Hope for those finding a voice with Parkinson's disease

Font Size:
Default font size
Larger font size

Posted: Monday, August 26, 2013 5:30 pm | Updated: 8:52 pm, Mon Sep 9, 2013.

Parkinson's disease is a chronic neurological disorder that can cause debilitating tremors. it can strike at any time with symptoms often occurring first on one side of your body. but, there is hope as research continues to find that there are ways to slow the progression of the disease.

Now, Linda Ronstadt statement that she cant sing a note has identified another issue that those diagnosed may have to deal with.

"We've had many patients that have had to quit doing things in a professional manner like singing or if you play a woodwind instrument," Said Dean Sutherland, M.D., Ph.D of Southeastern Center for Parkinson Disease in Sarasota. "The neurotransmitter dopamine which helps facilitate motor activity, like stepping, moving your limbs, talking and breathing is missing in people with Parkinson's." He said. "The diaphragm controls basically how loud you speak and Parkinson's affects the diaphragm for that reason." He explained.

Research finds dopamine pathways of patient who exercise are stimulated much the same as those taking medication for Parkinson's, and there are programs that may benefit those whose voice is affected by the disease.

Larry Hoffheimer, chairman of the board and founder of the Parkinson Research Foundation in Sarasota said, "We have voice aerobics, which is really to help people who have a difficult time speaking with Parkinson's disease."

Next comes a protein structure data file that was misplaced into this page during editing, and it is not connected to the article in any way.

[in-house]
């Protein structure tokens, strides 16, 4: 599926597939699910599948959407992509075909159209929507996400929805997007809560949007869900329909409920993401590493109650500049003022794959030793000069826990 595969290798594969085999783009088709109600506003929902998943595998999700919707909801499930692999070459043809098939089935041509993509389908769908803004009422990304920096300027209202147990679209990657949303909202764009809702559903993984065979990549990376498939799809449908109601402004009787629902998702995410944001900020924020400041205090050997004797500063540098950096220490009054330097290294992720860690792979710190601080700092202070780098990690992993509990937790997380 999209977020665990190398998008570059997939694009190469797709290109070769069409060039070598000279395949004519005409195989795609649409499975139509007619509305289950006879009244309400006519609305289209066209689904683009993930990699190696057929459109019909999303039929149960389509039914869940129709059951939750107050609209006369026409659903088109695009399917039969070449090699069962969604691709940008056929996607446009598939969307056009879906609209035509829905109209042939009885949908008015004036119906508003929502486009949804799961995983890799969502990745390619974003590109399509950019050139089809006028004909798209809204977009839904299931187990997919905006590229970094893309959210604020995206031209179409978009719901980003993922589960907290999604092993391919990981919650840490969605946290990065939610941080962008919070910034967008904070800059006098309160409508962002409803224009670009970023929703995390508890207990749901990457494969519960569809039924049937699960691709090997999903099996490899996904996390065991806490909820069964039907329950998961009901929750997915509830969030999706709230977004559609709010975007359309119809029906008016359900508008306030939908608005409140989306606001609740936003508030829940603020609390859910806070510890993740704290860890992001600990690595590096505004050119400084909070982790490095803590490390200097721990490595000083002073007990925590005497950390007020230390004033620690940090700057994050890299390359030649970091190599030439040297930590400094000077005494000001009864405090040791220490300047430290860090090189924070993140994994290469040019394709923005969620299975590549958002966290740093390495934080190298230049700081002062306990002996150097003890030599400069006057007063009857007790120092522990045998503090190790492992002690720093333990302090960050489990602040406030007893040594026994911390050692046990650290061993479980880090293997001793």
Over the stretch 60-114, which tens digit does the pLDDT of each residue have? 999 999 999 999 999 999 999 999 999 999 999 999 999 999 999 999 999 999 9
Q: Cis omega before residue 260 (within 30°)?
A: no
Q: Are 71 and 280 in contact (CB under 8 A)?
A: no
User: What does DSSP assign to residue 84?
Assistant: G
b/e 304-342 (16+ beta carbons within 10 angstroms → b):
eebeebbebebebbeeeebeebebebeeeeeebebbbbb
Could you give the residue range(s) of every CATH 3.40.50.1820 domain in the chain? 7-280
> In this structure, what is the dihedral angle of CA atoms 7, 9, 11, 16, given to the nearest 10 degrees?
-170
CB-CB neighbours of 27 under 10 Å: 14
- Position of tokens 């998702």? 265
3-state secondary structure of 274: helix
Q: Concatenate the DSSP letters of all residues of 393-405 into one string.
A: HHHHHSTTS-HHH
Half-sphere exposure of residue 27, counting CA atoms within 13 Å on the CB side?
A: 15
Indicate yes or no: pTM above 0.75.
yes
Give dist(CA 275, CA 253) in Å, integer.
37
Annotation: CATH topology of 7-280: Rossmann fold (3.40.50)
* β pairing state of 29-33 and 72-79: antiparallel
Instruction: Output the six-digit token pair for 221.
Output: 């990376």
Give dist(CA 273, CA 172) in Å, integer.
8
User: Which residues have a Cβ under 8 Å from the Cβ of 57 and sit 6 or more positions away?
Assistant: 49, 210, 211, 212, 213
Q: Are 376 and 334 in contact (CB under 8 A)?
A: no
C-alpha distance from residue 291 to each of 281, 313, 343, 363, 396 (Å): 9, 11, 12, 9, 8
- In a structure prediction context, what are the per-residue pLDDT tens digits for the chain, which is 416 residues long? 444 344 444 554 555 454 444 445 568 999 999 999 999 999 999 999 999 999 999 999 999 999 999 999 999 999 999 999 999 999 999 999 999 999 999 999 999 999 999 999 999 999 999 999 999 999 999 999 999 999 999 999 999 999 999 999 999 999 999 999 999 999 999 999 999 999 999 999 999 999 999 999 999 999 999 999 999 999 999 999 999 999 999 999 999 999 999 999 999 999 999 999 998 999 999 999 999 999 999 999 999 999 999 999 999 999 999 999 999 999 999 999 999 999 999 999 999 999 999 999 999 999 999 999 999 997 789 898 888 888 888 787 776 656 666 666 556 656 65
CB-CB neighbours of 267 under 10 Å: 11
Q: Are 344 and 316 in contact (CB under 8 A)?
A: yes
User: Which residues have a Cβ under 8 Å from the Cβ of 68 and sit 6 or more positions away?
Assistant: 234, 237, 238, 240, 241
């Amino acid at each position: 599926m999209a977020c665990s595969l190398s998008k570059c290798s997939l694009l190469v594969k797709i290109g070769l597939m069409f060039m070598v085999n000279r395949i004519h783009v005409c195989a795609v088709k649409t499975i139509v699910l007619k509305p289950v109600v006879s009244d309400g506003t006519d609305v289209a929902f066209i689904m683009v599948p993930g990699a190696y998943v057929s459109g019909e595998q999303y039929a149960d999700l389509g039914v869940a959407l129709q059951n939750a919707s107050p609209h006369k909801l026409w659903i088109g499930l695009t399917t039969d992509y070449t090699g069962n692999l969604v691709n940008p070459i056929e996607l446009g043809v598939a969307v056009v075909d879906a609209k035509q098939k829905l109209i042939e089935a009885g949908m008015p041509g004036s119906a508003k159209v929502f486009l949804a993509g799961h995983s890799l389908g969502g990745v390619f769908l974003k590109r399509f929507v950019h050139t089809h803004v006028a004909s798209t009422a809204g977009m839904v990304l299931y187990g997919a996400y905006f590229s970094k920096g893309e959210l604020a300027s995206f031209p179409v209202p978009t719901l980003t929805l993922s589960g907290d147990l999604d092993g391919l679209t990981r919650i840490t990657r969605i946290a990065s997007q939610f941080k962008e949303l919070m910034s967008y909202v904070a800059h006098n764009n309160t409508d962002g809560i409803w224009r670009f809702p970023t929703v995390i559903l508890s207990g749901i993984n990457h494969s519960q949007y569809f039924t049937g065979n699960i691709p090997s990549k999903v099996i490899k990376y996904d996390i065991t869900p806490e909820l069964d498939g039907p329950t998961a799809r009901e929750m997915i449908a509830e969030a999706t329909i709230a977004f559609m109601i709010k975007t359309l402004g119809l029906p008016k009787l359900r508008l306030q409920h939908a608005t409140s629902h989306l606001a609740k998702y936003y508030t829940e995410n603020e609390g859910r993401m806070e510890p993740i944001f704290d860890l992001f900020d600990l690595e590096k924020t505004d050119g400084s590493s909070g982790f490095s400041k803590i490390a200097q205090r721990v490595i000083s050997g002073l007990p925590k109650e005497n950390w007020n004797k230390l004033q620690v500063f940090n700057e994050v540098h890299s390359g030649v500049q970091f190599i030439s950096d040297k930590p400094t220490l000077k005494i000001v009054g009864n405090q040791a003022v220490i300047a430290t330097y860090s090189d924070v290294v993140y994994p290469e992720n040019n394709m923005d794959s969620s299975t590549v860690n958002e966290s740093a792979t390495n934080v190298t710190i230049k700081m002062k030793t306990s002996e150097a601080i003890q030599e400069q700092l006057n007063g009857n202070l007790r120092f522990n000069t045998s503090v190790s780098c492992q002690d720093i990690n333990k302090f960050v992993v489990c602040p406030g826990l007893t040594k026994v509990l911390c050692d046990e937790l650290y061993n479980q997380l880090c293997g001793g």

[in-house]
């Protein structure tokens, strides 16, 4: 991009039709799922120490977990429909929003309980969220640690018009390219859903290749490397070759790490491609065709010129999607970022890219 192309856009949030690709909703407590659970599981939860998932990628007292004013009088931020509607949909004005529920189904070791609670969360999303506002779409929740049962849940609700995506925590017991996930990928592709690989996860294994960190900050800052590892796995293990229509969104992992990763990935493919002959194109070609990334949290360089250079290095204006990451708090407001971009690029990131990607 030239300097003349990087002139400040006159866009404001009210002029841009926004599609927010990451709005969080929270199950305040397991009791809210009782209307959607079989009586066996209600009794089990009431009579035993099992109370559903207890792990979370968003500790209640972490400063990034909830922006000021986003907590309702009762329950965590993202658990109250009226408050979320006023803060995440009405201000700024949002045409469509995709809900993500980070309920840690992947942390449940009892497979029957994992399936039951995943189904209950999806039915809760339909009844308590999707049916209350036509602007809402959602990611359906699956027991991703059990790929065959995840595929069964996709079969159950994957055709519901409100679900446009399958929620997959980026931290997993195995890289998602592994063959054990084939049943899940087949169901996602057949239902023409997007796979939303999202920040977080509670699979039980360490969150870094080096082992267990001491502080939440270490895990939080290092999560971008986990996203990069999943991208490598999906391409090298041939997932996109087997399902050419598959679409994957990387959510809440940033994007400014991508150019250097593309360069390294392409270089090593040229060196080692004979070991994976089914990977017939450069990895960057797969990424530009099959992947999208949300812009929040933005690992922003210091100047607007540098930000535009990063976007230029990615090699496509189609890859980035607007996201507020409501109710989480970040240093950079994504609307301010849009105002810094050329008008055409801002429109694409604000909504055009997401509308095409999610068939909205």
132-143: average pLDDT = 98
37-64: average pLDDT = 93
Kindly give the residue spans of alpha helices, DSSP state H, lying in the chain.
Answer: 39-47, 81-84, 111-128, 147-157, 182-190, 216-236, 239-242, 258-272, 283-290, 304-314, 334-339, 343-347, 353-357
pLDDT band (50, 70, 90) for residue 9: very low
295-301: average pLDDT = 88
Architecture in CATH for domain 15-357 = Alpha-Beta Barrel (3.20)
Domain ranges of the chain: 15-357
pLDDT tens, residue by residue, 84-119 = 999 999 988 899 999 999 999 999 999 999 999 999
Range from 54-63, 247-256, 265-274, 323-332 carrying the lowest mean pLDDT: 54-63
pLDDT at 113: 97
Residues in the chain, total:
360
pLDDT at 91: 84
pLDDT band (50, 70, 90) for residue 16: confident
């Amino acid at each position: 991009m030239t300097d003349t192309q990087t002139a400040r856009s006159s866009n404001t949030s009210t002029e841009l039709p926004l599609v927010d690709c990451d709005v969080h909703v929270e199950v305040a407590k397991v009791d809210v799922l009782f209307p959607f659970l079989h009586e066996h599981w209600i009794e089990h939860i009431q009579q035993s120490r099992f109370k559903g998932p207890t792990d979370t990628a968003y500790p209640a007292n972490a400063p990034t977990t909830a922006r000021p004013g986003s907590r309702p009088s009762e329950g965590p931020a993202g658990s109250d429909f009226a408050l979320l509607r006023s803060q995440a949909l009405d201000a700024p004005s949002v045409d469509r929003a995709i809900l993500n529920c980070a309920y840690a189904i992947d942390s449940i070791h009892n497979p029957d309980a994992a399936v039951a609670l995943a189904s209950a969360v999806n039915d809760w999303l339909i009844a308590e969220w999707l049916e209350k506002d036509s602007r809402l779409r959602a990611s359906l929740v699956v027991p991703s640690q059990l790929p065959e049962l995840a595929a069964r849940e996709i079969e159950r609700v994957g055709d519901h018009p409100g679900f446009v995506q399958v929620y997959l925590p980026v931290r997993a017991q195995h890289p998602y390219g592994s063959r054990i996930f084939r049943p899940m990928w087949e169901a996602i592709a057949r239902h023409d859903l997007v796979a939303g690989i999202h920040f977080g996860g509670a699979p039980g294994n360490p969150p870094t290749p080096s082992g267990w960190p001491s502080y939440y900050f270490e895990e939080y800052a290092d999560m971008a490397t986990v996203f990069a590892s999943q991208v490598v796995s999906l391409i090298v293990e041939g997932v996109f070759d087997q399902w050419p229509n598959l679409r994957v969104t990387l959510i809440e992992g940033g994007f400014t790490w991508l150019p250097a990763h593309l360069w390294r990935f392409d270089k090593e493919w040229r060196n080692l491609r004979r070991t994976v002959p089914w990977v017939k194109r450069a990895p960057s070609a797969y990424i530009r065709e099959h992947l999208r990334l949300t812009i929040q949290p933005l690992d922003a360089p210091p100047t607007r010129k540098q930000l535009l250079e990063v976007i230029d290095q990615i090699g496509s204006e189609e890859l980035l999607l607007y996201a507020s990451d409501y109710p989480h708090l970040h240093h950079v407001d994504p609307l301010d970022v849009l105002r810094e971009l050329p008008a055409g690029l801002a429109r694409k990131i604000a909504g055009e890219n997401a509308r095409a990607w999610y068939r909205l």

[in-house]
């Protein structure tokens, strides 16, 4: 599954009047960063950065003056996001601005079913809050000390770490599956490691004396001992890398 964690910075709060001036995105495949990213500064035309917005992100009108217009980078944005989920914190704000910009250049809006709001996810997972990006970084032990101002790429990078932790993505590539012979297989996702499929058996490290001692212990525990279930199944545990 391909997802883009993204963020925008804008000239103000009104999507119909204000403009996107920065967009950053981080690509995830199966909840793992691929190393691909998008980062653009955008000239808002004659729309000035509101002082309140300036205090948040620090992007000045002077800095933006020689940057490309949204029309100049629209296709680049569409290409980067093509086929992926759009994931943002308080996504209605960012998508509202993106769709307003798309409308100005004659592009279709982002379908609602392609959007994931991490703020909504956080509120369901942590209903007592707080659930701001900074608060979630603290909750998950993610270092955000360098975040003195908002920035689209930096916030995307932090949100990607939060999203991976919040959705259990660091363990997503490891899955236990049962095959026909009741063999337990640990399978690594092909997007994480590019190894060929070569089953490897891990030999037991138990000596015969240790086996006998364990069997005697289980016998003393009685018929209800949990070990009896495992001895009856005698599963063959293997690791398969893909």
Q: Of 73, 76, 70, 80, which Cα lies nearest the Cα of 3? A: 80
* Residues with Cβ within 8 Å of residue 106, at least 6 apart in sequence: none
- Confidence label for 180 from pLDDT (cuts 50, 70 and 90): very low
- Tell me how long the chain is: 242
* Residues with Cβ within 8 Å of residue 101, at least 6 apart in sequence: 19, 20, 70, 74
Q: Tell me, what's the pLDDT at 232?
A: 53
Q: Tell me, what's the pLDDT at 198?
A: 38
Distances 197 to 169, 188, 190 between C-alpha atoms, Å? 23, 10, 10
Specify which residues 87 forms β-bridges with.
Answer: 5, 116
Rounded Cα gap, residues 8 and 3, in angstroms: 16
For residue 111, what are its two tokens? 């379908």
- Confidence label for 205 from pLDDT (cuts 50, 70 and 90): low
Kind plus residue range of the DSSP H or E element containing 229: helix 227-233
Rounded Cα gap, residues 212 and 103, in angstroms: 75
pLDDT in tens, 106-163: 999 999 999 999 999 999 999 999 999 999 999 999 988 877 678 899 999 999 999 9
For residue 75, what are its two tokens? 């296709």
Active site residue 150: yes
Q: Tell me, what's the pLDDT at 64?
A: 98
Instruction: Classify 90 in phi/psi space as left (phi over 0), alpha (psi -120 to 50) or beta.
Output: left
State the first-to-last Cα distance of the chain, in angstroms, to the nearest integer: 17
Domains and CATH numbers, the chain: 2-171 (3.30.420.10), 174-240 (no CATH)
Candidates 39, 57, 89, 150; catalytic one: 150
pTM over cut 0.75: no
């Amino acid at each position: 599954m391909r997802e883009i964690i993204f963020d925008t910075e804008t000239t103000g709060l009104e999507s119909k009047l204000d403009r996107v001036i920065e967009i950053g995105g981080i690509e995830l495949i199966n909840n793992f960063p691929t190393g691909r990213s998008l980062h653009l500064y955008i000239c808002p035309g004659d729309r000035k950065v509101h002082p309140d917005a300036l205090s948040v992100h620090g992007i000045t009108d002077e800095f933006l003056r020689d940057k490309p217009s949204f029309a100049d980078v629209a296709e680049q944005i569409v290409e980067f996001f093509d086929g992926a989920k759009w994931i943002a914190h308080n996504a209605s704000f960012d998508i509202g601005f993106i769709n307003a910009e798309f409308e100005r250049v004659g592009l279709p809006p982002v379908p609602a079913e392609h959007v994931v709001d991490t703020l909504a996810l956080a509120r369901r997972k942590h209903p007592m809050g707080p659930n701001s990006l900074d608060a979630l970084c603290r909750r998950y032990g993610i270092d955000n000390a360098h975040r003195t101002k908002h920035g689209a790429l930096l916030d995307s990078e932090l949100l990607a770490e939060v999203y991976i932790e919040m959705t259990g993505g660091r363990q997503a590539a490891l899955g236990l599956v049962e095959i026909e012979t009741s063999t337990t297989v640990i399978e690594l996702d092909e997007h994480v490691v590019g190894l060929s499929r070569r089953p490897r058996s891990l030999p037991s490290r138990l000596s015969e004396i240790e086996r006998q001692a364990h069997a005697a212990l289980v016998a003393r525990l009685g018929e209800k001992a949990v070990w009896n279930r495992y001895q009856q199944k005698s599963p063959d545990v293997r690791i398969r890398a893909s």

A medical speech, language pathologist teaches the free class, one of many offered through The Parkinson Research Foundation here on the Suncoast.

Hoffheimer explained, "They learn how to use their lungs as well as their vocal cords in order to get more volume out of their speech, and its had amazing success."

Another local program recommended by Dr. Sutherland, benefiting Parkinson's patients with speech problems is Lee Silverman voice training.  "It involves trying to do a number of exercises, singing, a lot of things that have to do with movement of the tongue, with a speech therapist." Said Dr. Sutherland.

Hoffheimer is an advocate of the voice aerobics program. He concluded, "There are people in here that couldn't speak at all, that are now speaking and they are so excited."

There are FREE programs to support, inform and guide people with Parkinson's disease here in our community.

YOUR Health and Wellness News

More about

More about

Rules of Conduct

  • 1 Keep it Clean. Please avoid obscene, vulgar, lewd, racist or sexually-oriented language.
  • 2 Don't Threaten or Abuse. Threats of harming another person will not be tolerated. AND PLEASE TURN OFF CAPS LOCK.
  • 3 Be Truthful. Don't knowingly lie about anyone or anything.
  • 4 Be Nice. No racism, sexism or any sort of -ism that is degrading to another person.
  • 5 Be Proactive. Use the 'Report' link on each comment to let us know of abusive posts.
  • 6 Share with Us. We'd love to hear eyewitness accounts, the history behind an article.

Welcome to the discussion.

Featured Health Care Providers Sponsored directory


Michael J. Dattoli, MD

View Profile >


F. Michael Crouch, M.D.

View Profile >


John T. Moor, MD

View Profile >


Jack E. Baron, MD

View Profile >


Dr. Sarah Kagan, PhD, RN, FAAN

View Profile >


Gerald Grubbs, MD

View Profile >


Send your photos & videos to Pix@MySuncoast.com and you could be featured on ABC 7 & our website.